The Voice

A poem by Matthew Arnold

As the kindling glances,
Queen-like and clear,
Which the bright moon lances
From her tranquil sphere
At the sleepless waters
Of a lonely mere,
On the wild whirling waves, mournfully, mournfully,
Shiver and die.

As the tears of sorrow
Mothers have shed
Prayers that tomorrow
Shall in vain be sped
When the flower they flow for
Lies frozen and dead
Fall on the throbbing brow, fall on the burning breast,
Bringing no rest.

Like bright waves that fall
With a lifelike motion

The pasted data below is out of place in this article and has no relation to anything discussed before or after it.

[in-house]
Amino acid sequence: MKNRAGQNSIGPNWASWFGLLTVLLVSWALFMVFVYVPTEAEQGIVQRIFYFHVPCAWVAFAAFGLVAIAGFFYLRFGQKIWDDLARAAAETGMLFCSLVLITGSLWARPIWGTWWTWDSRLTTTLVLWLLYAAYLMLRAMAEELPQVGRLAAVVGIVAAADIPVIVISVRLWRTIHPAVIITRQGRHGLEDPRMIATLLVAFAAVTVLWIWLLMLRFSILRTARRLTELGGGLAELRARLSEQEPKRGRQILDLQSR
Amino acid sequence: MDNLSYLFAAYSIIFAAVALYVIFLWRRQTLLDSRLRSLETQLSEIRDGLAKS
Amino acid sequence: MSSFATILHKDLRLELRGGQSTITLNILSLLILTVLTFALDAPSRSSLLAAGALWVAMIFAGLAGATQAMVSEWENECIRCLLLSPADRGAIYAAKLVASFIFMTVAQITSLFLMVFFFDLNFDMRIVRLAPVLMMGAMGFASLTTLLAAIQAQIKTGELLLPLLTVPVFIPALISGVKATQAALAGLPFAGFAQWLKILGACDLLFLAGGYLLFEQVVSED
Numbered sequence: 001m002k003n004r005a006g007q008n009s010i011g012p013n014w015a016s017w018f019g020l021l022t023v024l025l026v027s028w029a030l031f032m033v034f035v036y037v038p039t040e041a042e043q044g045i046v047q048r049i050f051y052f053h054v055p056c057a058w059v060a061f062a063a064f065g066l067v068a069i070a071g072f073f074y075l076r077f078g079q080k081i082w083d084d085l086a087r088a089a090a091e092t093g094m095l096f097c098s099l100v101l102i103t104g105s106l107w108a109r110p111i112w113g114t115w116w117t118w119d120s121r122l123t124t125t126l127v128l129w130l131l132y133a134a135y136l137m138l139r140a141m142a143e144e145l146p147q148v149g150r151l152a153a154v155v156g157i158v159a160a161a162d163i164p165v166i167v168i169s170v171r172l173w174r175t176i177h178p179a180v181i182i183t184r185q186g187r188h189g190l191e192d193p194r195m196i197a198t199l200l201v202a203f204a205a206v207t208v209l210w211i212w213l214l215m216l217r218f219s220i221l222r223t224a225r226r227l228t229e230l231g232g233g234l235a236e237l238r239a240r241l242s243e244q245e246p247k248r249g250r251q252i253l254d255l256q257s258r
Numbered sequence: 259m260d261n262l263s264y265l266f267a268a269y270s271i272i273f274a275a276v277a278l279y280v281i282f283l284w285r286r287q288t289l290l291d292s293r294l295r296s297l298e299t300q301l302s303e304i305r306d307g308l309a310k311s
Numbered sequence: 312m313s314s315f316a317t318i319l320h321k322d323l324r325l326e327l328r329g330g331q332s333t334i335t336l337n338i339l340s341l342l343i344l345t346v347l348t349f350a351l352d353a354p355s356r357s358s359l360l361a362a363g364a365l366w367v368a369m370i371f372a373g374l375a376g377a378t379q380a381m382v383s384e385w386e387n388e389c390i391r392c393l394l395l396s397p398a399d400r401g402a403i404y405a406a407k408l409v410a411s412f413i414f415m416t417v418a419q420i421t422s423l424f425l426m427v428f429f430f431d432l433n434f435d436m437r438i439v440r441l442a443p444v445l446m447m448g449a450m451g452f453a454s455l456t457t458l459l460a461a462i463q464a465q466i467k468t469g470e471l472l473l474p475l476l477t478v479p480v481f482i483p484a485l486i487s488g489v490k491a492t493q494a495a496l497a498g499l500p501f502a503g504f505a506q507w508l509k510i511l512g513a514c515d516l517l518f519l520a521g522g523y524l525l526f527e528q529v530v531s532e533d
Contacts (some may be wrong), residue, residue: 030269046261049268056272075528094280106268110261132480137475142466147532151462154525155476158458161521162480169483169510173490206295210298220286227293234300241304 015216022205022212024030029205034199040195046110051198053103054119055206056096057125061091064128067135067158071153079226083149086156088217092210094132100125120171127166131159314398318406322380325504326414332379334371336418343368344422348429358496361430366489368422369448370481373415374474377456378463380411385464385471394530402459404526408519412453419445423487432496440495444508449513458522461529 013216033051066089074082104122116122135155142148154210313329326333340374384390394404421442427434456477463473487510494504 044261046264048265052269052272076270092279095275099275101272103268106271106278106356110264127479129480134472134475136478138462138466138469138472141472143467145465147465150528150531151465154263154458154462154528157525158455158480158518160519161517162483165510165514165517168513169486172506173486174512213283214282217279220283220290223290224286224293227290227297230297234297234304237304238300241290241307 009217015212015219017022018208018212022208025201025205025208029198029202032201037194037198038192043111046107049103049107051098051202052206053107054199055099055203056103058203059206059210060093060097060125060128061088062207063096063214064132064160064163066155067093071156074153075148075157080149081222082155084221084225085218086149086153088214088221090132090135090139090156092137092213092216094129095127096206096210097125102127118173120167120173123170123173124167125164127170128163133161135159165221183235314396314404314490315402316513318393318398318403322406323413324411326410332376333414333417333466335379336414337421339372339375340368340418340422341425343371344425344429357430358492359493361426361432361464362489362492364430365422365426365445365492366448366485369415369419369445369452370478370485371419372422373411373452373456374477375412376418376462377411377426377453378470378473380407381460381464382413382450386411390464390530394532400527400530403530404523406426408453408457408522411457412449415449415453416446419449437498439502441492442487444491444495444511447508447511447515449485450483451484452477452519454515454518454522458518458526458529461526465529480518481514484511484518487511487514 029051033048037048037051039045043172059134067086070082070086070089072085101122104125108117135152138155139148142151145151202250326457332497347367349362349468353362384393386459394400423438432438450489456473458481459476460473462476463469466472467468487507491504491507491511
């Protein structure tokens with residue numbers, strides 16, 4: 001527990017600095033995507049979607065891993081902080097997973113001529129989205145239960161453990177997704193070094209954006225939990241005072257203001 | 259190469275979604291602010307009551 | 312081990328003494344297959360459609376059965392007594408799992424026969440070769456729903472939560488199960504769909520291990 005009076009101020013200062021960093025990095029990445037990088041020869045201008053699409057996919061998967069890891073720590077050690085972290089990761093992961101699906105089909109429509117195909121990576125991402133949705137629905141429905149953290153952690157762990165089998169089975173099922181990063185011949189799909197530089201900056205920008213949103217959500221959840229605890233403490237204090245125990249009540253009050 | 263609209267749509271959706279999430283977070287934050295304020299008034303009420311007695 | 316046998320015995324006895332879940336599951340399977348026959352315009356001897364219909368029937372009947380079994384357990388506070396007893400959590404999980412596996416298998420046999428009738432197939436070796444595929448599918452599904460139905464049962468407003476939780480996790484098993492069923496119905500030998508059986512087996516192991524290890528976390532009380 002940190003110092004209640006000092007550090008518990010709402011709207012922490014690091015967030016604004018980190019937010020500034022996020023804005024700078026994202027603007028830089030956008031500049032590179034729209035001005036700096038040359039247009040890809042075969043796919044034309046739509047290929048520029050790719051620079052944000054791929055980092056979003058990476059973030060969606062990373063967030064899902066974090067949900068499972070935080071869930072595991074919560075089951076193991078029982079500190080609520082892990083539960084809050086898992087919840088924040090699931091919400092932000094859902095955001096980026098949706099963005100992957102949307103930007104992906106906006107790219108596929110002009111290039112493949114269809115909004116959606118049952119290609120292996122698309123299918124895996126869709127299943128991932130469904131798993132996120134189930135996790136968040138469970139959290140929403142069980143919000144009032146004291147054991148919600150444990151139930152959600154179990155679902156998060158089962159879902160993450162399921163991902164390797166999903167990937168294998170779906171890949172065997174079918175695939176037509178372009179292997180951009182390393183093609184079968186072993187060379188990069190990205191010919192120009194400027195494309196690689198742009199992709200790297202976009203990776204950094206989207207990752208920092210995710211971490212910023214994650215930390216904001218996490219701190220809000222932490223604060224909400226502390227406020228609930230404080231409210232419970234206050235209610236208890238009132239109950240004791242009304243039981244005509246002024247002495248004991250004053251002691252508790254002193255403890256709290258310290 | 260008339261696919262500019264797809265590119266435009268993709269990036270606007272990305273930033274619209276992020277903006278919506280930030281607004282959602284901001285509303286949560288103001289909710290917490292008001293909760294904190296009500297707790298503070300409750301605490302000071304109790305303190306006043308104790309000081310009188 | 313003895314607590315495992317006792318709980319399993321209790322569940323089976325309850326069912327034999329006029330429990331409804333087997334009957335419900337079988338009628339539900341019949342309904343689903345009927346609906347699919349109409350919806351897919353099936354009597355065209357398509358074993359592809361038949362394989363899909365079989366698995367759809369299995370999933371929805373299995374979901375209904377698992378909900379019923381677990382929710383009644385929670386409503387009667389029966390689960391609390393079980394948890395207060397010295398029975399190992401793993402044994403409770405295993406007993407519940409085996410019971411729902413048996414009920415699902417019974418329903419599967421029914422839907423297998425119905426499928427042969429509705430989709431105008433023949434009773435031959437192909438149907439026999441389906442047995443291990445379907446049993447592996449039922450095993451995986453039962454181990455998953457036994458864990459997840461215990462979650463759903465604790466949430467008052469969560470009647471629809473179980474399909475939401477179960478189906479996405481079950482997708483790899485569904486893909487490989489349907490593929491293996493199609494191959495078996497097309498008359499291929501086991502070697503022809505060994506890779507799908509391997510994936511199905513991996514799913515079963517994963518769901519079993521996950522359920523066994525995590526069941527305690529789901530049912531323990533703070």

On the lifeless margin of the sparkling Ocean;
A wild rose climbing up a mouldering wall
A gush of sunbeams through a ruined hall
Strains of glad music at a funeral
So sad, and with so wild a start
To this deep-sobered heart,
So anxiously and painfully,
So drearily and doubtfully,
And oh, with such intolerable change
Of thought, such contrast strange,
O unforgotten voice, thy accents come,
Like wanderers from the world's extremity,
Unto their ancient home!

In vain, all, all in vain,
They beat upon mine ear again,
Those melancholy tones so sweet and still.
Those lute-like tones which in the bygone year
Did steal into mine ear
Blew such a thrilling summons to my will,
Yet could not shake it;
Made my tost heart its very life-blood spill,
Yet could not break it.

Reader Comments

Tell us what you think of 'The Voice' by Matthew Arnold

comments powered by Disqus

Home | Search | About this website | Contact | Privacy Policy